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Cloud firms to mull Intel's rivals on security flaws

Reuters
Some of Intel Corp's data center customers are exploring using microchips from its rivals to build new infrastructure after the discovery of security flaws affecting most chips
Reuters

Some of Intel Corp’s data center customers, whose thousands of computers run cloud networks, are exploring using microchips from the market leader’s rivals to build new infrastructure after the discovery of security flaws affecting most chips.

Whether Intel sees a slew of defectors or is forced to offer discounts, the company could take a hit to one of its fastest growing business units. Intel chips back 98 percent of data center operations, according to industry consultancy IDC.

Security researchers last week disclosed flaws, dubbed Meltdown and Spectre, that could allow hackers to steal passwords or encryption keys on most types of computers, phones and cloud-based servers.

Microsoft Corp said on Tuesday the patches necessary to secure the threats could have a significant performance impact on servers.

Intel will help customers find the best approach in terms of security, performance and compatibility, it said in a statement on Tuesday. “For many customers, the performance element is foremost, and we are sharply focused on doing all we can to ensure that we meet their expectations.”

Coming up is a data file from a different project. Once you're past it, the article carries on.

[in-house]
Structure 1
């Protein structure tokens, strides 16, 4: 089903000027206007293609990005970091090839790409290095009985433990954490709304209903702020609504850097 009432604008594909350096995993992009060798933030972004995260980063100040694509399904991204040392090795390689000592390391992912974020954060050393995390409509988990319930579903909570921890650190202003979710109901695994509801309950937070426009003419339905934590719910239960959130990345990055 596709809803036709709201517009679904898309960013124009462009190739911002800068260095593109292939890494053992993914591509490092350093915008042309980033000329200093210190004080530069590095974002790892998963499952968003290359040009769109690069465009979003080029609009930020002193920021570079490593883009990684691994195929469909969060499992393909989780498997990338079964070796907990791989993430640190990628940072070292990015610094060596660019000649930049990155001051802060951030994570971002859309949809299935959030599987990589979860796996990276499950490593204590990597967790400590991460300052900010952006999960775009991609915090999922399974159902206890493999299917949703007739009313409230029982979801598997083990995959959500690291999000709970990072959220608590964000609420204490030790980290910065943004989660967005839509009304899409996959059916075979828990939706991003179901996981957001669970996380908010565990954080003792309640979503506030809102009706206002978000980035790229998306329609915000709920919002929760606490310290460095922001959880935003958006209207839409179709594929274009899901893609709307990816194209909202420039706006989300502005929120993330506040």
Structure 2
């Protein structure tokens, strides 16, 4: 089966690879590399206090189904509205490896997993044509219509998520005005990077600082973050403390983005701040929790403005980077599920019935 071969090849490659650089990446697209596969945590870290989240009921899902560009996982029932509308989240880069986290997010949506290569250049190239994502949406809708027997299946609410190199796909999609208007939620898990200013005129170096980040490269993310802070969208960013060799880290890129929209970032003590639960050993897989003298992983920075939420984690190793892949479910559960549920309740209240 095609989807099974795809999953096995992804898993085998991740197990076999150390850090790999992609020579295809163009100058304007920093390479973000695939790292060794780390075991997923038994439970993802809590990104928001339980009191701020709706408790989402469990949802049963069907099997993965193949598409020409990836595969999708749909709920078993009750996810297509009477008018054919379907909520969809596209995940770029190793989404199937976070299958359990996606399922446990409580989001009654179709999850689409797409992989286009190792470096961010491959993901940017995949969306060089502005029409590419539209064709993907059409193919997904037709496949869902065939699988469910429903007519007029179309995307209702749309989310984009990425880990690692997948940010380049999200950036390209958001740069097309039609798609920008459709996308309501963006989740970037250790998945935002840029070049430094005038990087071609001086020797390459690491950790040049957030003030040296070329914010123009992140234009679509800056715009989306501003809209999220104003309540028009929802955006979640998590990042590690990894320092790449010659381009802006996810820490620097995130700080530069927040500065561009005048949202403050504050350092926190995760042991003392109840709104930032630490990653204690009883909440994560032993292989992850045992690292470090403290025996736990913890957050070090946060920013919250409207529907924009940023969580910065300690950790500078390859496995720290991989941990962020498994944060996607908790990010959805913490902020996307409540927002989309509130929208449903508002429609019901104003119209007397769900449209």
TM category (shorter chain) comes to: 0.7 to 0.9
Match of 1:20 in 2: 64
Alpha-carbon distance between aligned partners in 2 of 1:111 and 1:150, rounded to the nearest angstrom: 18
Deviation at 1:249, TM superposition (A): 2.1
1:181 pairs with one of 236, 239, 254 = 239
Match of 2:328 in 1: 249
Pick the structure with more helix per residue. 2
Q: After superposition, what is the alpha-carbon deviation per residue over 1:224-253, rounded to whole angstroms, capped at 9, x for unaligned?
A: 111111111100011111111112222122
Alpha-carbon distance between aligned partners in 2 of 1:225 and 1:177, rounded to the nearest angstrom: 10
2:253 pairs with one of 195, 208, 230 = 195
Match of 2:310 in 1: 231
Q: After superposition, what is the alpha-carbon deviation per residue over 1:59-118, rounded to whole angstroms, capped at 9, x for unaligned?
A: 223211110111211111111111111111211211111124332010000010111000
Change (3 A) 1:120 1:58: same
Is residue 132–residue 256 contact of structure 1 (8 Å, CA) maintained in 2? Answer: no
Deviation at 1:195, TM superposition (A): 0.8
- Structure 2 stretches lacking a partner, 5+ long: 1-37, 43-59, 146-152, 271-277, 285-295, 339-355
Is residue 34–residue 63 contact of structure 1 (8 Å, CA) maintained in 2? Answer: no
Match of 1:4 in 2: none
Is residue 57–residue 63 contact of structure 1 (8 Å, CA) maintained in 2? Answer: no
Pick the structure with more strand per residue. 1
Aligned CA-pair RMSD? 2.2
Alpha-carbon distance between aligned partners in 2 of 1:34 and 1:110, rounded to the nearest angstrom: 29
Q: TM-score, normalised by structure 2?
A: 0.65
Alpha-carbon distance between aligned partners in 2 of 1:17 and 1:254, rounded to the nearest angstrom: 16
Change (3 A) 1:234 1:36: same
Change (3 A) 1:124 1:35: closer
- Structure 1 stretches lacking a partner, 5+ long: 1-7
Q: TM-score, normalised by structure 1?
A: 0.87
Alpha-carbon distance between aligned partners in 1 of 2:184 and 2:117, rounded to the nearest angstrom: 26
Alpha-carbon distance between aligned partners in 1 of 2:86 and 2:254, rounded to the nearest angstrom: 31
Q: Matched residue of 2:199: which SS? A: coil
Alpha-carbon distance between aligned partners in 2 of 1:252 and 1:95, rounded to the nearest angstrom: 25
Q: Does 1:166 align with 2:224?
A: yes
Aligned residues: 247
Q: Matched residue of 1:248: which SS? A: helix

Alternatives include Advanced Micro Devices, which shares with Intel a chip architecture called x86, or chips based on technology from ARM Holdings or graphics processing chips, which were developed for different tasks than Intel and AMD’s central processing units, or CPUs.

For Gleb Budman’s company, San Mateo-based online storage firm Backblaze, building with ARM chips would not be difficult.

“If ARM provides enough computing power at lower cost or lower power than x86, it would be a strong incentive for us to switch,” said Budman. “If the fix for x86 results in a dramatically decreased level of performance, that might increasingly push in favor of switching to ARM.”

Infinitely Virtual, a Los Angeles-based cloud computing vendor, is counting on Intel to replace equipment or offer a rebate to make up for the loss in computing power, Chief Executive Adam Stern said in an interview.

“If Intel doesn’t step up and do something to make this right then we’re going to have to punish them in the marketplace by not purchasing their products,” said Stern, whose company relies exclusively on Intel processors.

Cloud providers said swapping out previously installed Intel chips for rivals’ would be too complex, but moving forward they could expand their networks using alternatives. 


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